Intel revenue drops significantly despite banking on AI and foundry services

Intel, the global technology leader, revealed a 15 percent drop in second-quarter revenue, amounting to $12.9 billion. Despite this decline, the company remains optimistic about its future, citing a new strategy focused on process and product technology, as well as foundry services.
Intel India businessBreakdown of Q2 Sales:

Client Computing Group (CCG): Generated sales of $6.8 billion (-12 percent)

Data Center and AI (DCAI): Achieved sales of $4 billion (-15 percent)

Network and Edge (NEX): Brought in $1.4 billion (-38 percent)

Mobileye: Reported $454 million in sales (-1 percent)

Intel Foundry Services (IFS): Witnessed an impressive growth, with sales reaching $232 million (+307 percent)

Betting on AI

Intel expressed confidence in the surging demand for AI products and services, stating that the increased interest has expanded its pipeline of business engagements for accelerator products, including Gaudi, Flex, and Max product lines. The company disclosed that the pipeline of opportunities through 2024 has surpassed $1 billion and is continuously growing, with Gaudi driving the majority of the demand.

Intel emphasized its commitment to democratizing AI by making it widely accessible across various workloads and usage models. The company aims to champion an open ecosystem, offering a comprehensive suite of silicon and software IP to drive AI adoption from the cloud to the enterprise, network, edge, and client applications. Intel believes that AI, along with other technologies, will underpin a $1 trillion semiconductor industry by 2030.

The company shared that more than 25 percent of Xeon data center shipments are now targeted for AI workloads, and the 1-millionth 4th Gen Xeon unit is expected to ship soon, primarily driven by growing data center business demands.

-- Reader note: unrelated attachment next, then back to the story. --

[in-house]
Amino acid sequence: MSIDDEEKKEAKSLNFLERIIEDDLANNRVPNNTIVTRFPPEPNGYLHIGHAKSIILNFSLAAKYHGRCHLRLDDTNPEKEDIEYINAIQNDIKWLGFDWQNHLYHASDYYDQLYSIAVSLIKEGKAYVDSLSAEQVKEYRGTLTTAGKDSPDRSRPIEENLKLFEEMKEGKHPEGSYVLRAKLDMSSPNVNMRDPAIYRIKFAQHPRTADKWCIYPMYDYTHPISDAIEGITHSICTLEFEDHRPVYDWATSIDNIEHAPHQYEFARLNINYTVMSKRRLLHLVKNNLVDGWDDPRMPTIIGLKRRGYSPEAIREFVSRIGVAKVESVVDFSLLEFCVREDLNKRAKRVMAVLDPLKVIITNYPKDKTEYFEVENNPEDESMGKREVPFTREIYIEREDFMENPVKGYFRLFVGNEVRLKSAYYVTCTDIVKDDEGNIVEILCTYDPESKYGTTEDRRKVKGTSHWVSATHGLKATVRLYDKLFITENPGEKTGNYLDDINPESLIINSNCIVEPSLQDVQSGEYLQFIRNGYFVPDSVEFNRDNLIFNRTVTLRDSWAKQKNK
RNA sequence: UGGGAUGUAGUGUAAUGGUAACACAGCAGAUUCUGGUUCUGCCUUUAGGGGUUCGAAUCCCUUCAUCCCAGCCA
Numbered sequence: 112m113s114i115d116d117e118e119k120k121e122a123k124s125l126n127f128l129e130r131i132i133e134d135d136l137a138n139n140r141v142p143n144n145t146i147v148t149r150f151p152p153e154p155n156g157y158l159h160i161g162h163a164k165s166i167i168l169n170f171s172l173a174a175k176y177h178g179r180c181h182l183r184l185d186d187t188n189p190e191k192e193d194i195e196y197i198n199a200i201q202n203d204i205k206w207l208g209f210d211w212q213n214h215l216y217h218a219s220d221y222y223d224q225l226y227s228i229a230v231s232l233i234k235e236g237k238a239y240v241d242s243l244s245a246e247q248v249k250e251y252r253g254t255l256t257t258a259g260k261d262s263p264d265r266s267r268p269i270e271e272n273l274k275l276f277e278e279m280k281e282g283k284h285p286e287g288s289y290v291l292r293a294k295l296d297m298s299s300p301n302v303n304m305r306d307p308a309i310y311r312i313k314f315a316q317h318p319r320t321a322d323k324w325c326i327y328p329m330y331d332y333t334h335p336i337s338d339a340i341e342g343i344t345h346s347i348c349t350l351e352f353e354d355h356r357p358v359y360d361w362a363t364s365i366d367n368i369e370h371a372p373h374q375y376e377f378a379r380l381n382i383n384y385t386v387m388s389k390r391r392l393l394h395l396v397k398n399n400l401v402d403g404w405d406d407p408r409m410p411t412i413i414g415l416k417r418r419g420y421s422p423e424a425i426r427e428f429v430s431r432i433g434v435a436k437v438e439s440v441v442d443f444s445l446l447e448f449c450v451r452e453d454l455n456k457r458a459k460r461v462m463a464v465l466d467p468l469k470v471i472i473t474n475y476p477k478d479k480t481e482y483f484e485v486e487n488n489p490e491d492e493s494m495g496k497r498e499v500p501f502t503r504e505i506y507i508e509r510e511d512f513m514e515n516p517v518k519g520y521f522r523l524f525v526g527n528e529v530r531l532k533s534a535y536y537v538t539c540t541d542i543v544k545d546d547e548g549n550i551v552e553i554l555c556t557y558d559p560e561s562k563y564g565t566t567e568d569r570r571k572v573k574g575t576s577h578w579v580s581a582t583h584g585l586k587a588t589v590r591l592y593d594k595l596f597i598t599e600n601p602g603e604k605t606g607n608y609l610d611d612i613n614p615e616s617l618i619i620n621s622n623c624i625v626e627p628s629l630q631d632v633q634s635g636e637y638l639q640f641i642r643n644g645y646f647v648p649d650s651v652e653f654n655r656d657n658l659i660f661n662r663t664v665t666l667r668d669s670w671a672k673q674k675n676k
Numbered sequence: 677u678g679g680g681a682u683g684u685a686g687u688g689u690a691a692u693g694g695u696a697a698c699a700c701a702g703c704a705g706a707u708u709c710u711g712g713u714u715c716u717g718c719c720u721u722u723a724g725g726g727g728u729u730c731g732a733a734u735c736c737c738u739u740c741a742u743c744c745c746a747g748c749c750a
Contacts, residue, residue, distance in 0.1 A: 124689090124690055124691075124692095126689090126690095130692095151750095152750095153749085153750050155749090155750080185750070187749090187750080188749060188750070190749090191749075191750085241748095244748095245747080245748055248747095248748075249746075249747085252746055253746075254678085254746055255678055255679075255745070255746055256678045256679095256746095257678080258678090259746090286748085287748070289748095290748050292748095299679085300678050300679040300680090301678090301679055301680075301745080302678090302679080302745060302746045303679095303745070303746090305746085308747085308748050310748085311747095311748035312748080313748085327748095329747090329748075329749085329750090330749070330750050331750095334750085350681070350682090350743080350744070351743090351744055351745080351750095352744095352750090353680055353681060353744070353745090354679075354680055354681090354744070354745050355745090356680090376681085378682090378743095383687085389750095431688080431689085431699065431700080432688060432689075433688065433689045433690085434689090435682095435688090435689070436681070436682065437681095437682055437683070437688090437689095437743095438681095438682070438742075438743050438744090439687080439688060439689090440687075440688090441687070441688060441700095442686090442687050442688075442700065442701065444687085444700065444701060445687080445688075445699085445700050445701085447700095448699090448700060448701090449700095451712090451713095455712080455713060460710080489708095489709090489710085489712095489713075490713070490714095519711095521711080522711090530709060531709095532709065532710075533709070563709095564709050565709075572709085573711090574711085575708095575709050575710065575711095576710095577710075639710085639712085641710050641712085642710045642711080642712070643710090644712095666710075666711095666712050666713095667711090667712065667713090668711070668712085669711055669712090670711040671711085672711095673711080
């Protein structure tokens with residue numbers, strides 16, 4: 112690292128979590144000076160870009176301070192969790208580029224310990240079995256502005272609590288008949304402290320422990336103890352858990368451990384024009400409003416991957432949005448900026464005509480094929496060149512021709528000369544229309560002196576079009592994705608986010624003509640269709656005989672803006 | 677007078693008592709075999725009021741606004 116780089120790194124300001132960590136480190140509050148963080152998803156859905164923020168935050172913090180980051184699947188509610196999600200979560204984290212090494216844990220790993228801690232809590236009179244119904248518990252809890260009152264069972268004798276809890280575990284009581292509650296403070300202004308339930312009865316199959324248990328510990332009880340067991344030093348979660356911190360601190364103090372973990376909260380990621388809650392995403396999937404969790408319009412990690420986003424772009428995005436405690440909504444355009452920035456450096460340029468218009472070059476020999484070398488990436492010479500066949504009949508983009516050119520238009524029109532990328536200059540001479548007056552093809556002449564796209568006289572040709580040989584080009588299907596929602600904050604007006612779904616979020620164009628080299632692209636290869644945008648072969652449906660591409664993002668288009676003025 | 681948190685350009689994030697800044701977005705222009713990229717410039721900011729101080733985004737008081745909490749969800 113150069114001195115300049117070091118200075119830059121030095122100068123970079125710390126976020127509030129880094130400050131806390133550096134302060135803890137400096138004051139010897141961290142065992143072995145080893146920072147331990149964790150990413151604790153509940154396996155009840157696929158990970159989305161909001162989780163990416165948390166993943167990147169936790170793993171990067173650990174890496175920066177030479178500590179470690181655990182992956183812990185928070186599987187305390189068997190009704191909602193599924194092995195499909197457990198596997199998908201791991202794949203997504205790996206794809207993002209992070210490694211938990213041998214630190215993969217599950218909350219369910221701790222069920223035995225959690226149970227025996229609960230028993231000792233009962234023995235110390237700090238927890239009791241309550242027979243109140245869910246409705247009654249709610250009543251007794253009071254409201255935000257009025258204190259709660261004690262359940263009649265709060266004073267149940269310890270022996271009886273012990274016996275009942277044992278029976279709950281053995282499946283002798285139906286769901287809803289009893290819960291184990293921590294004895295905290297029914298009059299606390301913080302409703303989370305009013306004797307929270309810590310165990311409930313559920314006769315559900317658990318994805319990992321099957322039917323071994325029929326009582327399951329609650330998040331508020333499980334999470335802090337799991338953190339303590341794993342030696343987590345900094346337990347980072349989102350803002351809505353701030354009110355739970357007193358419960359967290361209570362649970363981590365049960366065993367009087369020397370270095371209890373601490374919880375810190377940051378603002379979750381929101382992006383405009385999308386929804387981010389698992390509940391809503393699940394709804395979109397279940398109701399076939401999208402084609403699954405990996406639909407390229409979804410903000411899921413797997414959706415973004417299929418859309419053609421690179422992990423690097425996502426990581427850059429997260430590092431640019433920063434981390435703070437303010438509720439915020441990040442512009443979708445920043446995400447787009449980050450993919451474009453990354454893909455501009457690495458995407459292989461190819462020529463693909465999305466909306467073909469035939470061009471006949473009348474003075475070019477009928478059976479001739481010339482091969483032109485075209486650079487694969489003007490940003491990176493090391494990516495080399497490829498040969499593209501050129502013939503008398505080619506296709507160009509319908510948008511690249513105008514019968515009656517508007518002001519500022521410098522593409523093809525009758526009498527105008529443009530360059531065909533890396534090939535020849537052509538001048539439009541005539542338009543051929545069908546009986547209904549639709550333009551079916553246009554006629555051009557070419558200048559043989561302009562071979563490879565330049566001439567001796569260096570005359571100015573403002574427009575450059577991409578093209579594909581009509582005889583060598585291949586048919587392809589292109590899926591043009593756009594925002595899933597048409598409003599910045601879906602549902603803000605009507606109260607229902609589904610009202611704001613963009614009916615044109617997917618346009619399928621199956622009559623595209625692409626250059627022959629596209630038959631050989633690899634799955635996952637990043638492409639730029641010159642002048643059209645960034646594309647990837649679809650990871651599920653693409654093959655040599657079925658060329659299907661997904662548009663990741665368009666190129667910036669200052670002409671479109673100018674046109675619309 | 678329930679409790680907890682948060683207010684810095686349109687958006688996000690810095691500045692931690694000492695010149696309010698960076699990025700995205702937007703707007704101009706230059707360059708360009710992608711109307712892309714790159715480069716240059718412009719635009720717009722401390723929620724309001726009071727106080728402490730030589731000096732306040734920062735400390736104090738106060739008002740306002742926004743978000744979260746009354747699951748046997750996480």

Intel Foundry Services (IFS)

Intel Foundry Services (IFS) is also positioning itself to capitalize on the flourishing AI market and the increasing need for a secure and diversified global supply chain. The company’s expansion into foundry services will likely contribute to its growth in this sector.

Manufacturing Expansions

Intel announced the selection of Wrocław, Poland, as the site for its new semiconductor assembly and test facility, involving an investment of $4.6 billion. Additionally, the company signed a revised letter of intent for a 30 billion euros wafer fabrication site in Magdeburg, Germany, showcasing its commitment to expanding its global manufacturing capabilities.

Stake Sale

In a strategic move, Intel agreed to sell approximately 20 percent of its IMS Nanofabrication GmbH business to Bain Capital Special Situations, with the transaction valuing IMS at approximately $4.3 billion. This move aims to enhance Intel’s financial flexibility and support its long-term growth plans.

Outlook for Q3 2023

Intel forecasts third-quarter 2023 revenue to be in the range of approximately $12.9 billion to $13.9 billion. The company remains focused on operational efficiencies and its Smart Capital strategy to support sustainable growth and financial discipline, as stated by David Zinsner, Intel CFO.

Despite the challenges in the second quarter, Intel’s CEO, Pat Gelsinger, remains optimistic about the company’s future, expressing confidence in the potential growth opportunities offered by AI and its open ecosystem strategy.